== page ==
Later the psychologist George Miller and I started the Princeton Univer- sity Cognitive Science Laboratory and an undergraduate program in Cog- nitive Studies. More recently, I have co-taught courses with faculty in lin- guistics, psychology, computer science, and engineering.
I do not mean to suggest that I am in any way special. Most of my colleagues at Princeton take a wide view of philosophy in one or another respect.
Philosophical naturalism is a special instance of the wider conception of philosophy, taking the subject matters and methods of philosophy to be con- tinuous with the subject matters and methods of other disciplines, especially including the natural sciences. From a naturalistic perspective, productive philosophers are those who (among other things) produce fruitful more or less speculative theoretical ideas, with no sharp distinction between such theorizing by members of philosophy departments and such theorizing by members of other departments. (In my view, department boundaries are of interest only to administrators.)
Naturalism also often has an ontological or metaphysical aspect in sup- posing that the world is the natural world, the world that is studied by the
1“Generative grammars without transformation rules: a defense of phrase structure,” Language 39 (1963).
4 the natural sciences, the world that is available to methodological natural- ism. But the main naturalistic theme is methodological.
I am going to discuss certain prospects for naturalism in moral philoso- phy. I begin with metaphysical issues of the sort just mentioned, having to do with naturalistic reduction in ethics. I will then say something about some recent naturalistic methodological approaches in moral psychology, taking up character traits and virtue ethics today if there is time, discussing a pos- sible analogy between linguistics and moral theory tomorrow, and saying what is wrong with feelings of guilt on Thursday.
2 Naturalistic Reduction
In one view, goodness and evil and rightness and wrongness are not features that have a place in the naturalistic world as described by science.
Naturalists who take this view either abandon ethics altogether or try to provide a nonfactual account of it.
Alternatively, naturalists might try to identify an act’s being morally right or wrong, good or bad, just or unjust, etc., with certain natural prop- erties of the act.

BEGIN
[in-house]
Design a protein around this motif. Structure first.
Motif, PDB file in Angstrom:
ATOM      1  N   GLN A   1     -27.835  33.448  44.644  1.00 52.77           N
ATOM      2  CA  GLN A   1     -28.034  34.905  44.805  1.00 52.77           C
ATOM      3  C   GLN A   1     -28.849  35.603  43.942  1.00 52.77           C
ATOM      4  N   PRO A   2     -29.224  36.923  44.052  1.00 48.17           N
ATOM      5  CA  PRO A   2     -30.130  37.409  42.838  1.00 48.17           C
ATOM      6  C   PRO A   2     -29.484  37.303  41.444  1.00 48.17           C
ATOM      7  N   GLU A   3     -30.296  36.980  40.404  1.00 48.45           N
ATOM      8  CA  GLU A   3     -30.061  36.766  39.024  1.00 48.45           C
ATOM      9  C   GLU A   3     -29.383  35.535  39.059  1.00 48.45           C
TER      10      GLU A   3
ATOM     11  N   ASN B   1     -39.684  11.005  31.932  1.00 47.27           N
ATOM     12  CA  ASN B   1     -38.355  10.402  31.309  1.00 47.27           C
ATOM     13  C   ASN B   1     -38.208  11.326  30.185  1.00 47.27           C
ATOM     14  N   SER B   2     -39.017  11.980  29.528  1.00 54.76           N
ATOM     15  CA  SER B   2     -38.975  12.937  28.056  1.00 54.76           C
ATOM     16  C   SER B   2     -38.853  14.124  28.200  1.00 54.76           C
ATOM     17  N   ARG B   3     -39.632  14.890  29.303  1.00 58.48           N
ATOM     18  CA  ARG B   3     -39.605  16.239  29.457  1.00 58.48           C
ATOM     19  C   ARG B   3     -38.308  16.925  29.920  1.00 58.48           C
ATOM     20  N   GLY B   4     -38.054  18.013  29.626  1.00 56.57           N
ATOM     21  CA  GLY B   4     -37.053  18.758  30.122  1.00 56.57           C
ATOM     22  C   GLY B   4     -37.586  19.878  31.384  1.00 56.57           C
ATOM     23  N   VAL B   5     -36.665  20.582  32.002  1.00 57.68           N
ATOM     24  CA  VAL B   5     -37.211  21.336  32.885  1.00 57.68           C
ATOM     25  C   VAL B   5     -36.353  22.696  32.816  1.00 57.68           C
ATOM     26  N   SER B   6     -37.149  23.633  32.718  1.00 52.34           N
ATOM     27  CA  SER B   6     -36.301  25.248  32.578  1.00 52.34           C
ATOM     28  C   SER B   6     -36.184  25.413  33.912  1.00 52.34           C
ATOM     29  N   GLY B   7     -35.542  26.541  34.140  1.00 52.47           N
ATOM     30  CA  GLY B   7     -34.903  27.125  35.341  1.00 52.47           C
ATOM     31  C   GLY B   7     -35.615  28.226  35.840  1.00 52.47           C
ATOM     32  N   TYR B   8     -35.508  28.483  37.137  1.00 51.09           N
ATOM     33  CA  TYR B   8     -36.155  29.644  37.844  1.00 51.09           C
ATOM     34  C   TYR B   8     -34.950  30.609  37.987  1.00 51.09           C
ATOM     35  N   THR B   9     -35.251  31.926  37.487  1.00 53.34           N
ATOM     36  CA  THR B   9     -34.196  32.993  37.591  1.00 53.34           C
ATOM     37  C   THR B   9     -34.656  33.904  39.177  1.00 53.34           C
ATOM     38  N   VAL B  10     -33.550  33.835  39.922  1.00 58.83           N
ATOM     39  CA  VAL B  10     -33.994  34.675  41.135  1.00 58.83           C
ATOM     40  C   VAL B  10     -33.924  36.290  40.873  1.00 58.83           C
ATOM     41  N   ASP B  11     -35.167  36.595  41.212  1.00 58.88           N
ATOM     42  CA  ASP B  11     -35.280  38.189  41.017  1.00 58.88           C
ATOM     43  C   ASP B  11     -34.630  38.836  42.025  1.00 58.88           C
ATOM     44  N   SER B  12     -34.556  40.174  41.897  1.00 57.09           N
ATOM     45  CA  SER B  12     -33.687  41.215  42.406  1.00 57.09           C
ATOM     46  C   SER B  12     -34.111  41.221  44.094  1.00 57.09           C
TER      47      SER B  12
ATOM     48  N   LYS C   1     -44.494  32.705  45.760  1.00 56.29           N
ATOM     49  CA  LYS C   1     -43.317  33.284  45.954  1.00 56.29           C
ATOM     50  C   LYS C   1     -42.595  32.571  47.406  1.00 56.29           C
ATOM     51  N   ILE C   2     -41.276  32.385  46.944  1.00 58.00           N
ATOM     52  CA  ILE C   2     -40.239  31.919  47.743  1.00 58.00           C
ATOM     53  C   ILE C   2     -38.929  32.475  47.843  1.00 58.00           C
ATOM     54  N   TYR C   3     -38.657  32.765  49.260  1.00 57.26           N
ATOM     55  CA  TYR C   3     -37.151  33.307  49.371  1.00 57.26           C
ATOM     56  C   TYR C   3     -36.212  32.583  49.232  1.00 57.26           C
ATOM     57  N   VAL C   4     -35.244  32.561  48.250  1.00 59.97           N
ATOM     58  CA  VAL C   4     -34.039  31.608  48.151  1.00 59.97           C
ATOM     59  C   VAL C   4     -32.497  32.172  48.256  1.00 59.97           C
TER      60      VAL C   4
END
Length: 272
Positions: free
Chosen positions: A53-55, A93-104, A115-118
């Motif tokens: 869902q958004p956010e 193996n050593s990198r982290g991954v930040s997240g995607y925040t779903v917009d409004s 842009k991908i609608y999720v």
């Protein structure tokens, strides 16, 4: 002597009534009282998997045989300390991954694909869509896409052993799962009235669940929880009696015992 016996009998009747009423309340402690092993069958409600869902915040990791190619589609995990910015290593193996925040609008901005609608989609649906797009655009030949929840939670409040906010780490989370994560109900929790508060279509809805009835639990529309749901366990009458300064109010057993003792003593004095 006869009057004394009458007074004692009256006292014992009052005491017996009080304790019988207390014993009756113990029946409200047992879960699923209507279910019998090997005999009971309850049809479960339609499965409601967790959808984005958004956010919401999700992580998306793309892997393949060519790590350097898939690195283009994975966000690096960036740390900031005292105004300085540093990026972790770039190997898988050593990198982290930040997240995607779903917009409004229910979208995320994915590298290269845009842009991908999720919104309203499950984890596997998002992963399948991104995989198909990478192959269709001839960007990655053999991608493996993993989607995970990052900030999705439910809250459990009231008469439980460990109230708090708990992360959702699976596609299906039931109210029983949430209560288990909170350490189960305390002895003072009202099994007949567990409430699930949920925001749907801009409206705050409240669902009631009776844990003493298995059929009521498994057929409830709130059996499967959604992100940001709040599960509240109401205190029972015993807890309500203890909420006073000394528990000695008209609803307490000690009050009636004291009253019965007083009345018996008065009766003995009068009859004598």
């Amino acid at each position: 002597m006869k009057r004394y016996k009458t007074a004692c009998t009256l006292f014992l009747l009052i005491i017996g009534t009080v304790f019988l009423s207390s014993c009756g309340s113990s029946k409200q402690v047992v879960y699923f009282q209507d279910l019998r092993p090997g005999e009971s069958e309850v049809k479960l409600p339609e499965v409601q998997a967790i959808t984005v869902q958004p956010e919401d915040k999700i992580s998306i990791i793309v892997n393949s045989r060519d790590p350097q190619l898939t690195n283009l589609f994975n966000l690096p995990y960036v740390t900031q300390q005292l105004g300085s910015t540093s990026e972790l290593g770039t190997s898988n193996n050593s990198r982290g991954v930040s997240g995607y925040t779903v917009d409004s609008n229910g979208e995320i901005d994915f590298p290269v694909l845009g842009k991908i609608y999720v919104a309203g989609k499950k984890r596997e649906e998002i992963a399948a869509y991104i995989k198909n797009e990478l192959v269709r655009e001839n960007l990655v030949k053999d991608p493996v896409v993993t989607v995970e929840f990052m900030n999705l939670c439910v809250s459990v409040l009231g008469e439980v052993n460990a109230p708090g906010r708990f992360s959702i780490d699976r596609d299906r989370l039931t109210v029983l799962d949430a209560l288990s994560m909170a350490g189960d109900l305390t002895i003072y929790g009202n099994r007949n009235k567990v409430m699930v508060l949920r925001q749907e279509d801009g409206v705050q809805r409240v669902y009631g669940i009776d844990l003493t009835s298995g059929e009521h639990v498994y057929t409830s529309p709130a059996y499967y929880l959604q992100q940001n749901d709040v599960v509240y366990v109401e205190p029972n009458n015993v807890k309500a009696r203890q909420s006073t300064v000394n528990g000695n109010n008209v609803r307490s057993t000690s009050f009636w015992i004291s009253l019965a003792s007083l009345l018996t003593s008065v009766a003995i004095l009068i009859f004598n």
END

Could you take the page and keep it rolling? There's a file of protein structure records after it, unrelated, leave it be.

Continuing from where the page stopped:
The most straightforward naturalistic reductive strategy appeals to the supervenience of the moral on the natural facts. Any change in what the agent ought morally to do requires a change in the (natural) facts of the case.
This appears to imply that there is a more or less complex natural relation
5 between an agent, a possible act, and the agent’s situation (conceived as a whole possible world) that holds when and only when the agent in that situation is morally permitted to do that act. The idea then is to identify the property of being what an agent is morally permitted to do in a given situation with the property of being a possible act for which this natural relation holds.
For example, suppose that act utilitarianism provided the correct ac- count of what an agent is morally permitted to do. Given that supposition, the supervenience strategy identiﬁes a possible act’s being what an agent is morally permitted to do in a given situation with its being an act that maximizes utility in that situation.
More generally, the strategy identiﬁes a possible act’s being what an agent is morally permitted to do in a given situation with the holding of the relevant natural relation, whatever it is, which exists between agent, act, and situation if and only if the agent is morally permitted to do that act in that situation.
It is not a good objection that such an identiﬁcation fails to capture the meaning of “morally permitted.” To suppose that water can be identiﬁed with H2O is not to say what the word “water” means as used by ordinary people.